Verifying and Validating

Much has been said about verifying and validating the solution during testing at the end of a project.  An example of this is the V-model for testing (2).  Essentially in this model, the systems analyst verifies the solution to the specification followed by the business analyst/stakeholders validating the solution to the documented and approved requirements (assumes a waterfall approach).

  • Verification answers the question, “Was the solution built right?”
  • Validation answers the question, “Was the right solution built?”

However the same questions can be posed much earlier during the analysis phase of a project.

  • Verification answers the question, “Were the requirements stated right?”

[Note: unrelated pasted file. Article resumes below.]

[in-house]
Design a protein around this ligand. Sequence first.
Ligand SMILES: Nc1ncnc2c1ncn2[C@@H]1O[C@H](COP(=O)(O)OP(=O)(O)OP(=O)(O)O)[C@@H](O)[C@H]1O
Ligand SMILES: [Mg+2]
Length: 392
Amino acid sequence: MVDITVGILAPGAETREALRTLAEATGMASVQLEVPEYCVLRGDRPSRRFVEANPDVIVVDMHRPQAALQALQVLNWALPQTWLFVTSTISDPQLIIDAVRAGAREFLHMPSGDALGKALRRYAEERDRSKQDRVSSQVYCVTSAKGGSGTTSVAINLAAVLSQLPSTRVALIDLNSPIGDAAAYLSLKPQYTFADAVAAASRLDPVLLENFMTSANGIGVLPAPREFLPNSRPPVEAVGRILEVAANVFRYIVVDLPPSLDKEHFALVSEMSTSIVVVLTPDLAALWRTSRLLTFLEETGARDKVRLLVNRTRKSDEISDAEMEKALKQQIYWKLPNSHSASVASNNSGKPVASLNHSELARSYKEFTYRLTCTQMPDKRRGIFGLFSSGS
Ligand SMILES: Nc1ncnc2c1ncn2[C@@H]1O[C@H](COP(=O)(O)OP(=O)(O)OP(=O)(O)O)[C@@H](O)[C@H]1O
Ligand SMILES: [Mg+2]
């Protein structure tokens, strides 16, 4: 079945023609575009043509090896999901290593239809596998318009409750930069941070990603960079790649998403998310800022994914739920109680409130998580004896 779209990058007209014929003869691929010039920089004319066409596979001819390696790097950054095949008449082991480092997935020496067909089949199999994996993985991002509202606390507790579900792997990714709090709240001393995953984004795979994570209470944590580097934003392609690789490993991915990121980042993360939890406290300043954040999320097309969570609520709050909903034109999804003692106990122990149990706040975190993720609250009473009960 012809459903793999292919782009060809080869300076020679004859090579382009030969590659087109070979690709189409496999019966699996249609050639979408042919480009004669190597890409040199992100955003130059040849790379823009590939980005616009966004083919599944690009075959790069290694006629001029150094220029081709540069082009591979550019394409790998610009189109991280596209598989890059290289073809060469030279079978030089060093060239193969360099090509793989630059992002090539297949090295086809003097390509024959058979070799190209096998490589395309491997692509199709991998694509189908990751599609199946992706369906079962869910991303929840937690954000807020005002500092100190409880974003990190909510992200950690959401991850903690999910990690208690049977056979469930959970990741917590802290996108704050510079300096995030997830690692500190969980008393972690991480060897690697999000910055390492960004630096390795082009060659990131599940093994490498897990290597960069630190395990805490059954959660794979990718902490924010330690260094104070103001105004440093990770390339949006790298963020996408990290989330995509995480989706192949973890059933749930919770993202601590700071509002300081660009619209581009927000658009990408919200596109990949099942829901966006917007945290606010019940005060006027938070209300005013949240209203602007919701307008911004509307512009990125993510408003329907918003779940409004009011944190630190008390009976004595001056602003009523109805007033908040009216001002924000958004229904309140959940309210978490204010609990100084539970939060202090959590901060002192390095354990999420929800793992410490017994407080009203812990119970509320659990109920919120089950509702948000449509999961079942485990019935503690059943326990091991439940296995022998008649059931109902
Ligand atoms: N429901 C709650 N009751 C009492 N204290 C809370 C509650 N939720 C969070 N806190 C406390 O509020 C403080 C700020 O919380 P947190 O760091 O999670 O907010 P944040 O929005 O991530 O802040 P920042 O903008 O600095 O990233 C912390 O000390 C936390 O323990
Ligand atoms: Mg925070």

• Validation answers the question, “Were the right requirements stated?”

Documentation Best Practices for Stating Requirements

During the analysis phase, it is a best practice to validate the requirements with the stakeholders to ensure that the stakeholders agree (right requirements stated) with the stated requirements; typically this involves a signature to that effect by the business sponsor.  However, prior to validating the requirements, the business analyst needs to verify them (requirements stated right) with fellow business analysts.  Below is a checklist of questions for conducting this verification.  Each question is followed by the best practice rational.  Note that there is no order given for the questions; in practice the questions are considered simultaneously.

    • Benefit EstimateDoes each process improvement or software requirement provide a business value?  Rational:  Benefits need to be cited and claimed in the business case.  Project benefits typically are based on process changes rather than the implementation of software.  Software is usually the vehicle that allows process changes.  Also see Requirements Traceability.